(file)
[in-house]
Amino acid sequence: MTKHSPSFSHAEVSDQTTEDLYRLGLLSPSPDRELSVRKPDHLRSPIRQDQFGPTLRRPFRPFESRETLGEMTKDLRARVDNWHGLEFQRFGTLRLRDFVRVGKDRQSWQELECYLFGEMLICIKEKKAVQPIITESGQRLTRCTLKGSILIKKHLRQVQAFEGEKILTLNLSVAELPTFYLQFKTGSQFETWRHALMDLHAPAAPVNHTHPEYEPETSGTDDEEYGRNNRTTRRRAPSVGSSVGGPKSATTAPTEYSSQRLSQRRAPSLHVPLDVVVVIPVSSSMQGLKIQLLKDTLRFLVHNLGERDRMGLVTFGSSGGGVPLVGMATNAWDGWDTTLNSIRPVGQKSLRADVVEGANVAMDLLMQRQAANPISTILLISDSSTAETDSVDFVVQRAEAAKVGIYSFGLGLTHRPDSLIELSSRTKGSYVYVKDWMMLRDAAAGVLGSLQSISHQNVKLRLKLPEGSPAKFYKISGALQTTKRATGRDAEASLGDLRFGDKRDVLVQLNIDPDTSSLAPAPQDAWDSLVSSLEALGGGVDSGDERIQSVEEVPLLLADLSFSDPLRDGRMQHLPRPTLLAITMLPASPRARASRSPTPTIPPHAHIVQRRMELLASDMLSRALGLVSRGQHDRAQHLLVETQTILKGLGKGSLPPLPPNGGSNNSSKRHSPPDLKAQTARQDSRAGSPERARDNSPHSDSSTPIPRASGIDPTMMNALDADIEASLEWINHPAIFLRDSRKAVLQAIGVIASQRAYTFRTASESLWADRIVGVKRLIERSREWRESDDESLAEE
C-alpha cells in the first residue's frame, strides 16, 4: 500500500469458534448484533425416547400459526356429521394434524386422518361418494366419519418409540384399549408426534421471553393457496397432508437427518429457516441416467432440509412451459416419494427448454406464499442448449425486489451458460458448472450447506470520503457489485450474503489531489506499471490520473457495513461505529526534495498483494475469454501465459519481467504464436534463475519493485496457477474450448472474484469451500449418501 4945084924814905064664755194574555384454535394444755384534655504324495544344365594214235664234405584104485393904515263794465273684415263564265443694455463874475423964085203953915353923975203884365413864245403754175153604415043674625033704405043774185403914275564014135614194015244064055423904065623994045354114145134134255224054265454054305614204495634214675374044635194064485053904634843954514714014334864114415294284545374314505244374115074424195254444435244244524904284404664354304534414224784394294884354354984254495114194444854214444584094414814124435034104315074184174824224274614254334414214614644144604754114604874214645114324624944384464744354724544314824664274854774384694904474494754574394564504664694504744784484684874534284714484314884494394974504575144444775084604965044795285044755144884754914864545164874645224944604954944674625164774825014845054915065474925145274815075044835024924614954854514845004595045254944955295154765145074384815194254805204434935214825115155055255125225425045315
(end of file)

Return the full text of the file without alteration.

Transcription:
[in-house]
Amino acid sequence: MTKHSPSFSHAEVSDQTTEDLYRLGLLSPSPDRELSVRKPDHLRSPIRQDQFGPTLRRPFRPFESRETLGEMTKDLRARVDNWHGLEFQRFGTLRLRDFVRVGKDRQSWQELECYLFGEMLICIKEKKAVQPIITESGQRLTRCTLKGSILIKKHLRQVQAFEGEKILTLNLSVAELPTFYLQFKTGSQFETWRHALMDLHAPAAPVNHTHPEYEPETSGTDDEEYGRNNRTTRRRAPSVGSSVGGPKSATTAPTEYSSQRLSQRRAPSLHVPLDVVVVIPVSSSMQGLKIQLLKDTLRFLVHNLGERDRMGLVTFGSSGGGVPLVGMATNAWDGWDTTLNSIRPVGQKSLRADVVEGANVAMDLLMQRQAANPISTILLISDSSTAETDSVDFVVQRAEAAKVGIYSFGLGLTHRPDSLIELSSRTKGSYVYVKDWMMLRDAAAGVLGSLQSISHQNVKLRLKLPEGSPAKFYKISGALQTTKRATGRDAEASLGDLRFGDKRDVLVQLNIDPDTSSLAPAPQDAWDSLVSSLEALGGGVDSGDERIQSVEEVPLLLADLSFSDPLRDGRMQHLPRPTLLAITMLPASPRARASRSPTPTIPPHAHIVQRRMELLASDMLSRALGLVSRGQHDRAQHLLVETQTILKGLGKGSLPPLPPNGGSNNSSKRHSPPDLKAQTARQDSRAGSPERARDNSPHSDSSTPIPRASGIDPTMMNALDADIEASLEWINHPAIFLRDSRKAVLQAIGVIASQRAYTFRTASESLWADRIVGVKRLIERSREWRESDDESLAEE
C-alpha cells in the first residue's frame, strides 16, 4: 500500500469458534448484533425416547400459526356429521394434524386422518361418494366419519418409540384399549408426534421471553393457496397432508437427518429457516441416467432440509412451459416419494427448454406464499442448449425486489451458460458448472450447506470520503457489485450474503489531489506499471490520473457495513461505529526534495498483494475469454501465459519481467504464436534463475519493485496457477474450448472474484469451500449418501 4945084924814905064664755194574555384454535394444755384534655504324495544344365594214235664234405584104485393904515263794465273684415263564265443694455463874475423964085203953915353923975203884365413864245403754175153604415043674625033704405043774185403914275564014135614194015244064055423904065623994045354114145134134255224054265454054305614204495634214675374044635194064485053904634843954514714014334864114415294284545374314505244374115074424195254444435244244524904284404664354304534414224784394294884354354984254495114194444854214444584094414814124435034104315074184174824224274614254334414214614644144604754114604874214645114324624944384464744354724544314824664274854774384694904474494754574394564504664694504744784484684874534284714484314884494394974504575144444775084604965044795285044755144884754914864545164874645224944604954944674625164774825014845054915065474925145274815075044835024924614954854514845004595045254944955295154765145074384815194254805204434935214825115155055255125225425045315